Saturday, December 25, 2010

Have Yourself a Merry Jewish Christmas

Originally published @

I am sitting here watching Glenn Beck’s “American Christmas” broadcast from Wilmington, Ohio, and I hear him say, “Everyone should have a Rabbi.”

He then expresses his desire to study the entire Tanak (Old Testament) in Hebrew with his friend, Rabbi Daniel Lapin, even if it means suffering through the blandness of eating kosher meals. (For the record, there is nothing bland about a good brisket.)

Why the growing interest in Jewishness?

Because, the gentile Mormon Glenn Beck is increasingly using Hebrew to explain the solutions to the moral problems we face as a nation. For instance, he proceeded to explain to his middle-American Christmas audience that the root of the Hebrew word for “love” (ahavah) is “to give” (ehav). Giving, Beck explains, is the root expression of love and, moreover, when giving occurs miracles happen.

As if to prove God’s linguistic point (because, as Beck said, Hebrew is the language of God) a miracle occurred: a Jew found a Christmas special that didn’t make them feel completely left out in the cold during the holiday season.

Hanukkah came early this year. Ask any American Jew and they will tell you they hate it when Hanukkah comes early, because it is even more of an excuse for the country to forget about us, the poor measly Jews, as they trample us underfoot on their way to see Santa, cut trees, and hang lights. These are the cultural traditions that make us as Jewish Americans fully aware that we are the outsiders during the one time of year when everyone is supposed to get along.

The funny thing is, without us Jews you folks would never have Christmas as you know it. Whether Garrison Keillor likes it or not, without Irving Berlin you’d have no White Christmas, without Johnny Marks you’d have no Rudolph, and without Jule Styne and Sammy Cahn you’d never be able to say ‘let it snow’. The only reason you know you “need a little Christmas” is because the Jewish Jerry Herman told you so.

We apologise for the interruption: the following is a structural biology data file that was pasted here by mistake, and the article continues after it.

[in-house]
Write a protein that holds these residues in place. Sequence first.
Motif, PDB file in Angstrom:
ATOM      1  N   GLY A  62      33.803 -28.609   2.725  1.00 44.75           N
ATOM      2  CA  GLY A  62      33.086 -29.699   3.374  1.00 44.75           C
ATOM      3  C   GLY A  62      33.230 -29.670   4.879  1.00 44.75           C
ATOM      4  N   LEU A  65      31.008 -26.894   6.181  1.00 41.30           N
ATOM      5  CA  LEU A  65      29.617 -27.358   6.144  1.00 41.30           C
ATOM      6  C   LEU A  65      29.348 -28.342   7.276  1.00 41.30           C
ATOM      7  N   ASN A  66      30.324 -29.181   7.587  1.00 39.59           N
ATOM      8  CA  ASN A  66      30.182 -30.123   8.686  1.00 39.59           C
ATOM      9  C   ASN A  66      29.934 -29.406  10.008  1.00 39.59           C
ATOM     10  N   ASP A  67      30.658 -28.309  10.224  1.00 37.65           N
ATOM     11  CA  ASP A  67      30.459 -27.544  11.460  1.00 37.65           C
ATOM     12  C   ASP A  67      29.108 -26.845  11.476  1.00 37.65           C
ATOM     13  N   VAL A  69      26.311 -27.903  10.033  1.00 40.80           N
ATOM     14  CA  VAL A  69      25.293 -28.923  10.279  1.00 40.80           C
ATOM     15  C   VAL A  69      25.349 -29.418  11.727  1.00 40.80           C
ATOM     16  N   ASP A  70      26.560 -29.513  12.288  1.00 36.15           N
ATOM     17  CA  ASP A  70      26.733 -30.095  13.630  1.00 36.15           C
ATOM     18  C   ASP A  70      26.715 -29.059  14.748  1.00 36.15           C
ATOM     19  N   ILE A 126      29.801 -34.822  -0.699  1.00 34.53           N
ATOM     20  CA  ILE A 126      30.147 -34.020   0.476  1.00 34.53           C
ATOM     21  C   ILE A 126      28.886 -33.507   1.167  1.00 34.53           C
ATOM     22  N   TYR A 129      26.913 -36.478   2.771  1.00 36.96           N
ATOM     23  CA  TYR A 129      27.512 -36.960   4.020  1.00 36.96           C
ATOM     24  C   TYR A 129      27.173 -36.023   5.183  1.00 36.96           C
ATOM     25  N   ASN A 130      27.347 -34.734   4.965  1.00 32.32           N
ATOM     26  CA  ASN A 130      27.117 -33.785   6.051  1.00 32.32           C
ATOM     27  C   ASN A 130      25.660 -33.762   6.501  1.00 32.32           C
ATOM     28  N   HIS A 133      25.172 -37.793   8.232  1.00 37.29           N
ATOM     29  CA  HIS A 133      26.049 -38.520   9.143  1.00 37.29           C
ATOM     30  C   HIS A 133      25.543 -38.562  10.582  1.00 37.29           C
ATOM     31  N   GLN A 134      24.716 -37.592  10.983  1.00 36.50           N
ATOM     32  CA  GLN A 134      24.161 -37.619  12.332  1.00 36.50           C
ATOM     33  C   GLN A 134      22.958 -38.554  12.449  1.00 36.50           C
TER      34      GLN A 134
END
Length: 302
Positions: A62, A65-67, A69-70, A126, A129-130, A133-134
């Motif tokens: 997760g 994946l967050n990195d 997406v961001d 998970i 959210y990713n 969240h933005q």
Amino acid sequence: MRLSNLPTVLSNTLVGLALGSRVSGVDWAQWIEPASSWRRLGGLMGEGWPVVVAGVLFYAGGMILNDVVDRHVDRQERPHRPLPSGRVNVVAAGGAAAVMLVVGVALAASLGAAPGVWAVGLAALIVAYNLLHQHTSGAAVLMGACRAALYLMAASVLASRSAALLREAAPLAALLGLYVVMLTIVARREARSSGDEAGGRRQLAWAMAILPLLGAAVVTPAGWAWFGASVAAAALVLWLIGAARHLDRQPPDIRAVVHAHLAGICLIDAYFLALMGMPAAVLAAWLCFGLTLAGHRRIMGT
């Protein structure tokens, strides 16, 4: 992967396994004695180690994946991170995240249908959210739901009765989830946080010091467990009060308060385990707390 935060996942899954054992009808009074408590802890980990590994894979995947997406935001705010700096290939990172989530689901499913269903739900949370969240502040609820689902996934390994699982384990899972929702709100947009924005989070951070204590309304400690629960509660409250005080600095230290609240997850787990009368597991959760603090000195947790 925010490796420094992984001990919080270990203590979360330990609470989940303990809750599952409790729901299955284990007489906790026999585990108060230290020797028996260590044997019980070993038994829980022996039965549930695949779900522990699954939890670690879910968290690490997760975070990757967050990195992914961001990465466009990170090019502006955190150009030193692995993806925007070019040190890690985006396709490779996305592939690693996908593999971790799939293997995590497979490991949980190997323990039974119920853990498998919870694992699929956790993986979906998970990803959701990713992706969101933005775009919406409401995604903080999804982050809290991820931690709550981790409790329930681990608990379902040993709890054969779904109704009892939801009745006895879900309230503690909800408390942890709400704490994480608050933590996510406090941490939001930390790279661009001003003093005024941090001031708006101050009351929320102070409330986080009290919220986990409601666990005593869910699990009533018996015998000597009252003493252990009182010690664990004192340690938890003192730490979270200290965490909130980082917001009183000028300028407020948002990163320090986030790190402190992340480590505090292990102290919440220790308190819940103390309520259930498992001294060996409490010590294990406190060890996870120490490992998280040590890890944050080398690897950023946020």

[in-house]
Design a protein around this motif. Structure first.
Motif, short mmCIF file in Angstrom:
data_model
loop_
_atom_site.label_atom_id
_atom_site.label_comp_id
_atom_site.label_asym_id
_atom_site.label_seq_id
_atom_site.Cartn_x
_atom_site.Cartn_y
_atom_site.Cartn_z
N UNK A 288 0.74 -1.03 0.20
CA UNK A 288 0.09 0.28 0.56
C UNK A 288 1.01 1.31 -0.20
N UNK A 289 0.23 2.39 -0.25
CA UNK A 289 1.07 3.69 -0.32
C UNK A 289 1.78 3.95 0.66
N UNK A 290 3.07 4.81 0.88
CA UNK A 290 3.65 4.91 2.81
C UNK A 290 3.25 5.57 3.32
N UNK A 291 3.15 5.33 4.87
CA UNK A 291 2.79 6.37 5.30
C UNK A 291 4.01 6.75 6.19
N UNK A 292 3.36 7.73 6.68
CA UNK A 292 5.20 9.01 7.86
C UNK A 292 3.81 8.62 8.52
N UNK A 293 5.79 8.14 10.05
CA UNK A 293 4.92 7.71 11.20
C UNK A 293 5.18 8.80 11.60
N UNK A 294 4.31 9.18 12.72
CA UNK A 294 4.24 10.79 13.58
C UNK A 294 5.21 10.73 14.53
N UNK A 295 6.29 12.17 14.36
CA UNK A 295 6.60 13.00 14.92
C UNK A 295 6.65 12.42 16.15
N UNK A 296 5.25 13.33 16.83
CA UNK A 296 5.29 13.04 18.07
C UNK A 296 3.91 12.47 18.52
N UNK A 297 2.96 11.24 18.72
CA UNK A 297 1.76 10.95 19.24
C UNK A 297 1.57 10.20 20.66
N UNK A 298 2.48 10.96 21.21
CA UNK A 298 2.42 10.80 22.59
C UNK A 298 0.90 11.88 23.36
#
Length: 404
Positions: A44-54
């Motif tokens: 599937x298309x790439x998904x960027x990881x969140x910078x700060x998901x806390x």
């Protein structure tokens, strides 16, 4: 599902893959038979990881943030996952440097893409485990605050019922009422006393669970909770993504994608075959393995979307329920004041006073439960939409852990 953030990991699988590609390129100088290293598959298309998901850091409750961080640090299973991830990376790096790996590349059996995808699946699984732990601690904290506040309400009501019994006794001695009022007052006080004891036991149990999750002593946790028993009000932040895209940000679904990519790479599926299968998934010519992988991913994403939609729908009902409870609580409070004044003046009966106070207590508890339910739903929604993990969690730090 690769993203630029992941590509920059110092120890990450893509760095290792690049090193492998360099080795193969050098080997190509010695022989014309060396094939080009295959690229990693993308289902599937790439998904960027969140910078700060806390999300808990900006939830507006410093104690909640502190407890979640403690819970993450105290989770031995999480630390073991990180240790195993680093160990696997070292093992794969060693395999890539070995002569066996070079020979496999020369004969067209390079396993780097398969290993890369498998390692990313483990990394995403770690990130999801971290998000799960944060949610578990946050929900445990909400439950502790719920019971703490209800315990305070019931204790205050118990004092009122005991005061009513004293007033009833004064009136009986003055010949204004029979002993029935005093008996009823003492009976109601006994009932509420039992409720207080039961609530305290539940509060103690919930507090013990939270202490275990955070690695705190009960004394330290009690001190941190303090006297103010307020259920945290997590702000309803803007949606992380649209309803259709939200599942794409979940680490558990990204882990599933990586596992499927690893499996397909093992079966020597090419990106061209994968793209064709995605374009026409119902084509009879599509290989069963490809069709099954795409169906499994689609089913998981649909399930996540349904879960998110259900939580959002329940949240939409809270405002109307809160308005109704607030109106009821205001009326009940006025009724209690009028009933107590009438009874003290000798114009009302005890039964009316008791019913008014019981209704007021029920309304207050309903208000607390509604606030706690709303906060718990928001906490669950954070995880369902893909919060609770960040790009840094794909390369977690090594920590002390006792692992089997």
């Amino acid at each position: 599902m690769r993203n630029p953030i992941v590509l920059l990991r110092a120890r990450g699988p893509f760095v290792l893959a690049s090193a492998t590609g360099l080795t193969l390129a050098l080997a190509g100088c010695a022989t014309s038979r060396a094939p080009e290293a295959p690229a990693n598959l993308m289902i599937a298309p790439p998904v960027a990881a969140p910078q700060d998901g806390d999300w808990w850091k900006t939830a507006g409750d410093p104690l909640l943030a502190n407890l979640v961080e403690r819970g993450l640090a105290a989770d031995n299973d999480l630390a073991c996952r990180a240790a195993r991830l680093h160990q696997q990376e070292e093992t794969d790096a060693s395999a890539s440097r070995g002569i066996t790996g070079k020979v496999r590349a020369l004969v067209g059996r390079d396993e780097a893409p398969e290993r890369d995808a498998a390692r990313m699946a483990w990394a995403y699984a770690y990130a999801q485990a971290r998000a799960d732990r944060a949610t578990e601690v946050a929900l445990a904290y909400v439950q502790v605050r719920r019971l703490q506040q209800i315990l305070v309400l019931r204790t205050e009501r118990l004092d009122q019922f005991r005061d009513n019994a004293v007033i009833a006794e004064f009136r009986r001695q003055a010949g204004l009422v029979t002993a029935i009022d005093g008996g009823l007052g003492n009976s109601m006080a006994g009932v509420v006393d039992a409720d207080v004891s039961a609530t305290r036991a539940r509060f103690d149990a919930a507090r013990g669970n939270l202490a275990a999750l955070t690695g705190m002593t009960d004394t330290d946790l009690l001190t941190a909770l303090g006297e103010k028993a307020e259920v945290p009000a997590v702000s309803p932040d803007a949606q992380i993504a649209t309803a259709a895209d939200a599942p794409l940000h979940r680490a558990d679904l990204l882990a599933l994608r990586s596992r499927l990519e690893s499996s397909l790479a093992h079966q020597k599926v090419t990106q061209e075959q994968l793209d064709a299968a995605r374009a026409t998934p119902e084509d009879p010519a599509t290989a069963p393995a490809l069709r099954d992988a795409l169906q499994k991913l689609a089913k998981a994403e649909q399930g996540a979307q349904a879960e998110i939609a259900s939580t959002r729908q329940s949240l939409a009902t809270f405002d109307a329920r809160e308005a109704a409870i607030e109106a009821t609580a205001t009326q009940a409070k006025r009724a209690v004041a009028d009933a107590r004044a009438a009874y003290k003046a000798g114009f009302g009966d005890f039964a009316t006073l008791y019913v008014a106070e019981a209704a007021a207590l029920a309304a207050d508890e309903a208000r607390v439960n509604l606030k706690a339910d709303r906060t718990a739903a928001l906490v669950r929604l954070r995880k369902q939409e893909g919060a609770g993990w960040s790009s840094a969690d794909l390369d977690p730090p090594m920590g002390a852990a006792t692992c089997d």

At this point you’re probably asking, “Why would so many Jews invest their time and talent in writing songs about a holiday they don’t even celebrate?” Take a look at the lyrics. “White Christmas” expresses longing for missed loved ones and bucolic youth; “Rudolph the Red-Nosed Reindeer” is about the picked-on outsider who earns a place in history for rescuing the Chief and saving everyone’s favorite holiday; “We Need a Little Christmas” because we need “a little snappy Happy Ever After”. Were these Jewish American songwriters channeling the cultural imprint of loneliness and longing to fit in with the crowd? Perhaps. But, one thing is for certain; these Jewish songwriters are a major reason why this is the season of “goodwill towards men.”

Practically every popular Christmas song was composed by a Jewish American, and I’m not just talking the secular ones, either. Little Drummer Boy was co-written by Harry Moses Simeone and performed by his own Chorale & Orchestra. Lest you think we secularized your holiday, Little Drummer Boy is a song about a boy with no gold, frankincense, or myrrh to bring to his Messiah. Instead, the little boy presents the gift of his own talents to his king. Yes, even at Christmas we Jews are reminding you of the true spirit of your holiday season.

While we’re talking about Jewish contributions to Christmas, if it weren’t for that little Jewish boy from Bethlehem, your “Christmas” might still be called “Saturnalia” among other pagan titles. You’d be hanging evergreens to ward away witches and evil spirits, or encourage your sun god not to die in the freezing cold. Your mistletoe would be hung to entreat Nature Sprites to join you in your festivities, and your 12 day celebration would focus around a burning Yule Log meant to symbolize and welcome pagan gods and goddesses.

Face it: You don’t need a billboard telling you to, “Remember the Reason for the Season,” you just need a Jew. As Glenn Beck said, “Everyone should have a Rabbi.” And when it comes to Christmas, everyone should thank the Jews, not that we’d take the credit. We know better, but we’re still happy to pass on the praise.

After all, we speak the language.

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